San José, Costa Rica, since 1956

Eco-lodge Aims to Set Example in Cahuita

CAHUITA, Limón – As I walk down a dirt road through the jungle, an old man on a bike warns, “Nothing much down there,” before quickly riding away. Yet my destination, Ciudad Perdida (LostCity) Ecolodge, lies about 100 meters farther down the road, where howler monkeys swing from densely packed trees, and the stars, undiminished by artificial light, shine brightly at night.

The small hotel is owned by a family of conservationists native to this southern Caribbean coast community, who couldn’t bring themselves to sell the hectare upon which their hotel now stands for fear it would be sold in lots and overdeveloped. The grounds border beautiful CahuitaNational Park, and the wildlife – unaware of property boundaries – traipses back and forth, using the tall trees as jungle gyms.

Sandra Streber and her husband, Antonio Mora, built the hotel almost two years ago, using their daughter’s college thesis as a blueprint for the design.

Paola Mora wrote her thesis at the University of Costa Rica (UCR) on how to build an eco-lodge on the Caribbean coast. She interviewed tourists at Cahuita to see what their priorities were – air-conditioning and authentic Caribbean architecture, she says – and carefully researched and integrated into her plan international standards for environmentally friendly lodges.

Their main priority at Ciudad Perdida, Mora says, is to avoid altering the landscape, which is why they tried to cut down as few trees as possible when installing their cozy, brightly colored wood cabins.

“In Puerto Viejo, a lot of hotels have bought land and cut down all of its trees to build what are basically large boxes,” Mora says. “They’re all the same, and you don’t feel like you’re part of a real system.”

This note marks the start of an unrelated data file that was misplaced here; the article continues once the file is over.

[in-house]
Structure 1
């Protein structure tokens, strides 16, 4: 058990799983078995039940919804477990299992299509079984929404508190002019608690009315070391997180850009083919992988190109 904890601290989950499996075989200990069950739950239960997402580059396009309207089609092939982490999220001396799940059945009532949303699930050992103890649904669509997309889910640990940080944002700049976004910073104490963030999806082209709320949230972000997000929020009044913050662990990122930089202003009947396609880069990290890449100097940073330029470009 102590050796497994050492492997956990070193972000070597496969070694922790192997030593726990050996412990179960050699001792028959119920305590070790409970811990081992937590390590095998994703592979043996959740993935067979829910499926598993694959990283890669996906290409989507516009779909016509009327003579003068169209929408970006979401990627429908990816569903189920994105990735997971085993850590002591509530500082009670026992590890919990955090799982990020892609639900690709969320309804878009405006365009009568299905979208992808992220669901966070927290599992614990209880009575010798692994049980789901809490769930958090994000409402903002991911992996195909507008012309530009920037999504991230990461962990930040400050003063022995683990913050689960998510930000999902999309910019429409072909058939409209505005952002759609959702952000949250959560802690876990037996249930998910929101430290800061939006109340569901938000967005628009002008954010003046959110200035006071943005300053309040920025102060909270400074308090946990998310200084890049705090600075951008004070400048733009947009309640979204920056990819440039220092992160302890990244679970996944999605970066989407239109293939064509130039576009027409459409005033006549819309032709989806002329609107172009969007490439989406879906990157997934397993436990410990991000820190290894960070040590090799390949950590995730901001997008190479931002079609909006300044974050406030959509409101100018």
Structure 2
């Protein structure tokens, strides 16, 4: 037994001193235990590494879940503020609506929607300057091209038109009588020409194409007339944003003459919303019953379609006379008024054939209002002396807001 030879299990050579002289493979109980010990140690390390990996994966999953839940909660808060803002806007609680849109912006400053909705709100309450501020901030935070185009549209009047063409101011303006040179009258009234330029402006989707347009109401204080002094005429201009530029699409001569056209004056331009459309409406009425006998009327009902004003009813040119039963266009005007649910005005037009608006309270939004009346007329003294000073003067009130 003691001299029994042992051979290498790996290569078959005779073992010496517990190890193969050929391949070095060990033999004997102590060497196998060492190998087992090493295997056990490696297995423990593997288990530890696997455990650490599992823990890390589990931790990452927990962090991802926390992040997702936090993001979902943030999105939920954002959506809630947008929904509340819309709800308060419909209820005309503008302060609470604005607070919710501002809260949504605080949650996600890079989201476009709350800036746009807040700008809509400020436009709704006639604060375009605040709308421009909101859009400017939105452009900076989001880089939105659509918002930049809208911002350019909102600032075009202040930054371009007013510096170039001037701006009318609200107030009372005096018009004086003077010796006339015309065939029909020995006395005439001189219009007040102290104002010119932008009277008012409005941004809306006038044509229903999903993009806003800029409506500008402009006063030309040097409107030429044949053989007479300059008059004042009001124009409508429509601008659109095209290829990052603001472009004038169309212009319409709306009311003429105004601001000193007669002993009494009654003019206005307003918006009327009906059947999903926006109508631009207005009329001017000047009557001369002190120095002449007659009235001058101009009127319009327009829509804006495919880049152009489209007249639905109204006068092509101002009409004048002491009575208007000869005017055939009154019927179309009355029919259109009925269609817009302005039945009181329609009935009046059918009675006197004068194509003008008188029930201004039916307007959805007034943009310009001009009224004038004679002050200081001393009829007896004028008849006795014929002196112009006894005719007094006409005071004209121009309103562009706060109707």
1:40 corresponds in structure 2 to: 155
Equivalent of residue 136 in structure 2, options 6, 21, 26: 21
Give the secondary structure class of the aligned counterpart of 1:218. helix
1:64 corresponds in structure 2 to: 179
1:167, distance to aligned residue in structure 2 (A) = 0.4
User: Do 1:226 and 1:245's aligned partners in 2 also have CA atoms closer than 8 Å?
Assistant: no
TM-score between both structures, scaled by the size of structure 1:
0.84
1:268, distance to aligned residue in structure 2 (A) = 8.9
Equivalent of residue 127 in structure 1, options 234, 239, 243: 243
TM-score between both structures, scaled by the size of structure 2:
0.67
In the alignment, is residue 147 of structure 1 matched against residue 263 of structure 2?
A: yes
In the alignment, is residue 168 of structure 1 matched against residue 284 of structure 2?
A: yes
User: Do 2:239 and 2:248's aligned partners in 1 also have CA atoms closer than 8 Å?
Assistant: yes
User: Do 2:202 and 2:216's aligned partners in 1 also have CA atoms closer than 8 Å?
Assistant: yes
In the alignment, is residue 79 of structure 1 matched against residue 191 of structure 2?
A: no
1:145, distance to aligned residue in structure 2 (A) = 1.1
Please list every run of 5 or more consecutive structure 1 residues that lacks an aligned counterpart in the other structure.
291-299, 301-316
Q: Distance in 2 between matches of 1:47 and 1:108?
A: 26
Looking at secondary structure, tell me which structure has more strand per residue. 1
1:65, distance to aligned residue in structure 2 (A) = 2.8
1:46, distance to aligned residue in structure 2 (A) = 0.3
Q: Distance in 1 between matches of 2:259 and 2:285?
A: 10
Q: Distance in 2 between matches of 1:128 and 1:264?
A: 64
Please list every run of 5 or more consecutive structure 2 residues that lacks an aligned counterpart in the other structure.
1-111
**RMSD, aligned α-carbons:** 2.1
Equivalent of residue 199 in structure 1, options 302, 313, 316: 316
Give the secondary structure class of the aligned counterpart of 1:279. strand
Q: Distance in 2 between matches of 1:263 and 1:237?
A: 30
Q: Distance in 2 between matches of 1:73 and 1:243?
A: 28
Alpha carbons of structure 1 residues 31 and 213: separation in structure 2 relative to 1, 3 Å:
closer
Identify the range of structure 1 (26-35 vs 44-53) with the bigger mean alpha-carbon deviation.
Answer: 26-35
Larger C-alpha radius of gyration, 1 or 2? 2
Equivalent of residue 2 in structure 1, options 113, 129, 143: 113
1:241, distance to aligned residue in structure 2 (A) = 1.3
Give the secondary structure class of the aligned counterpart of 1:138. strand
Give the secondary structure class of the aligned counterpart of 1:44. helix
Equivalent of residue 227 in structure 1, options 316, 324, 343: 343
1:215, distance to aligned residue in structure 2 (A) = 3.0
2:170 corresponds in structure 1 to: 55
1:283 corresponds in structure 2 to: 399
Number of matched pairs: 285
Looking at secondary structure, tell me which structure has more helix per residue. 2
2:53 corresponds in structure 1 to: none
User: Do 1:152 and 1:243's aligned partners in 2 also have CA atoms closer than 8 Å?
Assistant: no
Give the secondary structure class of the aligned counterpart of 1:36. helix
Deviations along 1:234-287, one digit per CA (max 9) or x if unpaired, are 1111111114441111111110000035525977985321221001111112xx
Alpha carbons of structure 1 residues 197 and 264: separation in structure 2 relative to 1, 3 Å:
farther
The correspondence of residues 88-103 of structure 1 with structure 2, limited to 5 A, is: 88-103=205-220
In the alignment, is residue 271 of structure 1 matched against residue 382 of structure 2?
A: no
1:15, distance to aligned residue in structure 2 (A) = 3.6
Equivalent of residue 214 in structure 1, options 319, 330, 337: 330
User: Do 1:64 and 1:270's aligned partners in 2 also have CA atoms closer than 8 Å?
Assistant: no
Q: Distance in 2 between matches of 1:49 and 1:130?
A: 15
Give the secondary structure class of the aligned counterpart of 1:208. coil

At Ciudad Perdida, you certainly feel like you are one with your surroundings. The cabins are small, the trees tower overhead, and a lack of streetlights immerses guests in darkness if they venture outside after sunset (though streetlights are in the works).

Because of this remote location, Mora, who also owns a tour business in the area, drives guests into Cahuita every night at 7 p.m., and will come and pick them up late into the night. Mora recommends great local restaurants, such as Cha Cha Cha, where the creative chef whips up Caribbean creations in a beautiful setting.

The rustic nature of the hotel only adds to its charm. And though it feels as if you were deep in the jungle, it takes fewer than 10 minutes to walk to the park entrance, where a white-sand beach and small restaurants serving fresh lobster can be found.

The hotel has 10 rooms, four of which are larger and equipped with kitchens. Each room has at least two beds and a wellstocked, very reasonably priced minibar. The rooms smell strongly of wood, giving the hotel a camping-in-luxury feel.

Breakfast, included in the room rate, is served in an open-air reception area adorned with orchids and with a view of the jungle.

The hearty gallo pinto and eggs could set you up for most of the day.

The Mora Streber family hopes the natural beauty of Cahuita and the conservationminded nature of their hotel will inspire their guests to also care for the local environment.

In addition to not cutting down trees, the lodge treats its own wastewater in a natural, plant-based system that purifies 95 percent of its gray water. The cabins are built from trees from a plantation instead of virgin forest, and the hotel sponsors a team of UCR marine biologists who stay with them for free while researching Cahuita’s coral reef.

“We’re trying to set an example for all hotels,” Streber says.

In the future, the hotel also hopes to install solar panels to power its cabins, as well as sponsor more environmental projects.

Getting There, Rates, Info

Ciudad Perdida is on the west side of CahuitaNational Park. From the town’s bus stop, walk about 200 meters to the entrance of the park, take a right and keep walking about 100 meters. You’ll see a “Ciudad Perdida” sign that will point you down a dirt road for another 200 meters; the hotel will be on your left.

Buses to Cahuita and Puerto Viejo leave from the Caribbean bus terminal in San José several times a day; tickets cost ¢3,900 ($7) one-way on Transportes Mepe (2257-8129). The trip takes about four hours.

Rates at Ciudad Perdida range from $70 to $170, depending on size of room and number of guests. Prices do not vary with the season. Standard rooms come with air-conditioning, one double and one single bed, minibar, coffeemaker, safe, hot-water shower, hammock and cable TV. Equipped rooms, designed for four people, are larger and have a kitchen stocked with plates and cooking utensils. These rooms also have a sofa, outdoor Jacuzzi, a queen-size bed and a smaller bed that can fold out to be a double. Breakfast is included for both room types. Private parking is available, as is free transportation to and from town at night.

For information and reservations, call 2755-0303 or visit


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